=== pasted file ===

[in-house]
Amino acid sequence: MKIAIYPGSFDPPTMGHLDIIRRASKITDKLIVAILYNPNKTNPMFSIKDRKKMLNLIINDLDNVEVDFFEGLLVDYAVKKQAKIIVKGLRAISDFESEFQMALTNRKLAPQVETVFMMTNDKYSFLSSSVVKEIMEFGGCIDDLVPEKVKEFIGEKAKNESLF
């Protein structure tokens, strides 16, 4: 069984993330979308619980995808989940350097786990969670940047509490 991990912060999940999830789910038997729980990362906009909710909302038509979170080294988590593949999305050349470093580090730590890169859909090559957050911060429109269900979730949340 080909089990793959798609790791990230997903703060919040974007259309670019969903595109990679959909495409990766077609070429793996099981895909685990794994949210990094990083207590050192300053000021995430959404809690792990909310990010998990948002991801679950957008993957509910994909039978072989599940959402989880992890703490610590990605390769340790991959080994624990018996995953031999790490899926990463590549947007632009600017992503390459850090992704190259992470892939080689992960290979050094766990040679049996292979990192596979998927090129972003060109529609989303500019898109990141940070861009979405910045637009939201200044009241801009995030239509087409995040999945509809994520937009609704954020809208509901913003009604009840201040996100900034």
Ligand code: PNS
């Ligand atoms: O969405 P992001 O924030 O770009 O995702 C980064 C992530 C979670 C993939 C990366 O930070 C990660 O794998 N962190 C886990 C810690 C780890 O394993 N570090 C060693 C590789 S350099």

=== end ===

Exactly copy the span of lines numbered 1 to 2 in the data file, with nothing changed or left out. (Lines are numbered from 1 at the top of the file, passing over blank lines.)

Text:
[in-house]
Amino acid sequence: MKIAIYPGSFDPPTMGHLDIIRRASKITDKLIVAILYNPNKTNPMFSIKDRKKMLNLIINDLDNVEVDFFEGLLVDYAVKKQAKIIVKGLRAISDFESEFQMALTNRKLAPQVETVFMMTNDKYSFLSSSVVKEIMEFGGCIDDLVPEKVKEFIGEKAKNESLF